Tuesday, January 11, 2011

Sabun?


Lunch.

Colleague: "Does anyone knows what's 'sabun(soap)' in hokkien?"
(Silence)
Colleague: "My husband's friend already asked the whole Penang and Butterworth. Nobody knows."


Back in office, and TY does some research online.



Source 1:
Sabun is a word used in both China and Taiwan. It is a vocabulary in
Hokkien. I believe a few generations back some people said Tee Khoo
(phonetically Tee as in tea, Khoo as in dollar – most people might spell as
Teh Khor). But today, Sabun is indeed an understood word across all Hokkien
speaking regions, I would say.


Source 2 :
Douglas’ dictionary (1873) shows sabun was used even then. In the old days
there were various different types of soap: pui-tso was a kind of black
soap (皂 means black), but there were also i-tso, tso-kiap, peh-ih, etc.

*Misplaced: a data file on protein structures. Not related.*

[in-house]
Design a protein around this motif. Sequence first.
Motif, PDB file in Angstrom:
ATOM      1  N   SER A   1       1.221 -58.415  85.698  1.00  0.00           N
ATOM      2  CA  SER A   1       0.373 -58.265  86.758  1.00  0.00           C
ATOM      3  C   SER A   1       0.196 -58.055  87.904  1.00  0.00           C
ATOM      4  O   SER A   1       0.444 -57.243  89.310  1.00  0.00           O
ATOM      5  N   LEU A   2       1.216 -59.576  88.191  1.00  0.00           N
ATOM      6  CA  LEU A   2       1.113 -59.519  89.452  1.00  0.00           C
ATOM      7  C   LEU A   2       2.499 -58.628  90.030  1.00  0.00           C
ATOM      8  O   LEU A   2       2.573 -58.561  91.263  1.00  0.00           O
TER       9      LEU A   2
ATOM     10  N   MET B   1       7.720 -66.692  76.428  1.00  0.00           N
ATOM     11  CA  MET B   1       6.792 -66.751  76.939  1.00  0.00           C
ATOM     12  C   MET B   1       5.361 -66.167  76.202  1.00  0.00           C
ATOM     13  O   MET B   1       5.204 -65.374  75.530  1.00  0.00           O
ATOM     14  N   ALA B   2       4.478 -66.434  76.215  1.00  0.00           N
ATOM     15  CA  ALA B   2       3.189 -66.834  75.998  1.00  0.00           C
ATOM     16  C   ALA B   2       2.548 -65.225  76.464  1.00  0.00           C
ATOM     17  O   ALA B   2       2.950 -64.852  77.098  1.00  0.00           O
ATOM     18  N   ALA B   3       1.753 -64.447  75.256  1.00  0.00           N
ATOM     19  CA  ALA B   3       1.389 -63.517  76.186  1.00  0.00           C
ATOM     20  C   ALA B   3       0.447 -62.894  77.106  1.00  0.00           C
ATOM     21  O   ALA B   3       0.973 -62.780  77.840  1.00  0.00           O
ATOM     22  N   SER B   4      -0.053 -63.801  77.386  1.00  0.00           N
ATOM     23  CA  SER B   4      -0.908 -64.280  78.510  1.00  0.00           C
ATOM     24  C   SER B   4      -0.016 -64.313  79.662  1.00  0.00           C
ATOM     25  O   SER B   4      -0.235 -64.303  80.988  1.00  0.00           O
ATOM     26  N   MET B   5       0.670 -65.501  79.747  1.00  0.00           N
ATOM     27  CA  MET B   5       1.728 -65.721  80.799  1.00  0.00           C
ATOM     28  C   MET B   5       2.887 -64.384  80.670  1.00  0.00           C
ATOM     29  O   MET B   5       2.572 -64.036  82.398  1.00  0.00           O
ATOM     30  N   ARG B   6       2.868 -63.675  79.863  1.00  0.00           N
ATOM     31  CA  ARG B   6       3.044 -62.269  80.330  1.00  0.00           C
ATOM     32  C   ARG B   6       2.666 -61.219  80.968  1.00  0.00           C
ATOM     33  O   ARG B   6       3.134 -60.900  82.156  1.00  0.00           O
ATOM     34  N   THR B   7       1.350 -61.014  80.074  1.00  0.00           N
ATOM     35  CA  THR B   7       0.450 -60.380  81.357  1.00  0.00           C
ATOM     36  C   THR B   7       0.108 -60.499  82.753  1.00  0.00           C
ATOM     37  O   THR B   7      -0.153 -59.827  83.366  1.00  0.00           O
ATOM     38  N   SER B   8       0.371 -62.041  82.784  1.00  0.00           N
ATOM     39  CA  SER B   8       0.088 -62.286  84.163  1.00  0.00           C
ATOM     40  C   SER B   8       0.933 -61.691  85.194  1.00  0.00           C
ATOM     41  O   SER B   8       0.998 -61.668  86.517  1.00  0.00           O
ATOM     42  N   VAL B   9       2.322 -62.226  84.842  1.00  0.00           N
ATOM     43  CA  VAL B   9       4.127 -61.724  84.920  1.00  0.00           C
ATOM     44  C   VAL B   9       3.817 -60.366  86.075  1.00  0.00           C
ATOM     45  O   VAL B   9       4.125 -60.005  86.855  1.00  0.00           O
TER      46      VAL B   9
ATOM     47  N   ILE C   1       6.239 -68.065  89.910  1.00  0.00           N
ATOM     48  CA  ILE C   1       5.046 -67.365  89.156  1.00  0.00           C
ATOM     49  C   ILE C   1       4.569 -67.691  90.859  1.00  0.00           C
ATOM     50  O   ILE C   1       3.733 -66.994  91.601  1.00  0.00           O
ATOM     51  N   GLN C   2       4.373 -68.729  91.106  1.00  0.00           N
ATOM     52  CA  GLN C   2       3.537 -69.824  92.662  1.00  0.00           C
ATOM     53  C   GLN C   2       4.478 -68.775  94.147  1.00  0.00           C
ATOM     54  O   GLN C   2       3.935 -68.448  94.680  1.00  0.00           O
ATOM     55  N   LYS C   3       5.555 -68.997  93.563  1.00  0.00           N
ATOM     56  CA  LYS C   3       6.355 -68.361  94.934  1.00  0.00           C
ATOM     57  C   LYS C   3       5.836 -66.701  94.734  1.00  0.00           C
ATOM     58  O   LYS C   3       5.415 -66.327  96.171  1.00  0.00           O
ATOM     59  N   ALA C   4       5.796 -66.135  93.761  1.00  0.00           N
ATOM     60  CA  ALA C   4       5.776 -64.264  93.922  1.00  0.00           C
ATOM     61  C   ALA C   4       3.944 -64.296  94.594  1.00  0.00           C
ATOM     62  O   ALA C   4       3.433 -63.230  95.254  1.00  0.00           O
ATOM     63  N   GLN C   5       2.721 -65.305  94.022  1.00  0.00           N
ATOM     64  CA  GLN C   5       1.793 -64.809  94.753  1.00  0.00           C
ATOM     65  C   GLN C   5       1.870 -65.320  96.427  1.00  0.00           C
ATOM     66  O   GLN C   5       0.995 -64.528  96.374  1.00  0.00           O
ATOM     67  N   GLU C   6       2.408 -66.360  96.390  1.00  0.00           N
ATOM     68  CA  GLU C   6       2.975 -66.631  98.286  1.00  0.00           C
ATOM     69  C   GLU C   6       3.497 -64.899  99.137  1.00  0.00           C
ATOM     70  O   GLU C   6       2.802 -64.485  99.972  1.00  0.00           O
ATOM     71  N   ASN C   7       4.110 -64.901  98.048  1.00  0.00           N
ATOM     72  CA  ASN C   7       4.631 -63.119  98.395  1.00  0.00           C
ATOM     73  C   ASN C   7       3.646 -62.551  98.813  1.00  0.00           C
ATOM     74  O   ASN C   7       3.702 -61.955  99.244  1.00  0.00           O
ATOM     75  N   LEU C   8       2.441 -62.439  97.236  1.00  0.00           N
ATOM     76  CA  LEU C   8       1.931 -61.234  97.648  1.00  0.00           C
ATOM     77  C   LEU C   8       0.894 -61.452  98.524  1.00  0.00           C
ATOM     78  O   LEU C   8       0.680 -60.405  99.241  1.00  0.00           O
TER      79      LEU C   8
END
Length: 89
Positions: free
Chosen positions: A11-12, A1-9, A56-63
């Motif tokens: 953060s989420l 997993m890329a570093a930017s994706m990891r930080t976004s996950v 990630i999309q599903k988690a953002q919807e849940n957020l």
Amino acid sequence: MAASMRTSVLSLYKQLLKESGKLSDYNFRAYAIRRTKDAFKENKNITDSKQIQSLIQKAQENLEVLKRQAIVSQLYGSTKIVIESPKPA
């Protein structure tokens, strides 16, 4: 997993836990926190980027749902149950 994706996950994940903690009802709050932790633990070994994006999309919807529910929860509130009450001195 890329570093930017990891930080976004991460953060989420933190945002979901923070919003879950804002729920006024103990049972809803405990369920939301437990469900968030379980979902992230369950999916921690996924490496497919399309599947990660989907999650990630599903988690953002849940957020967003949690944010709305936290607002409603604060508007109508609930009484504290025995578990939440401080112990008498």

Te-khơ was made from the husks of camellia seeds; uiN-bak-chi and ba-bui
were different fruits that were used as soap.


Source 3:
Sabun = savon (french) = savon (spanish) = sabun (hokkien)
It is only the english use soap!!!


Source 4:
In Taiwan, you can say "satbun" for soap. "Satbun" is not a Minnan word and
came from one of the indigenous Taiwanese languages in the mountains maybe
Ami or Tsou or Paiwan.


Source 5:
Soap
茶箍 tê-kho (day koh)

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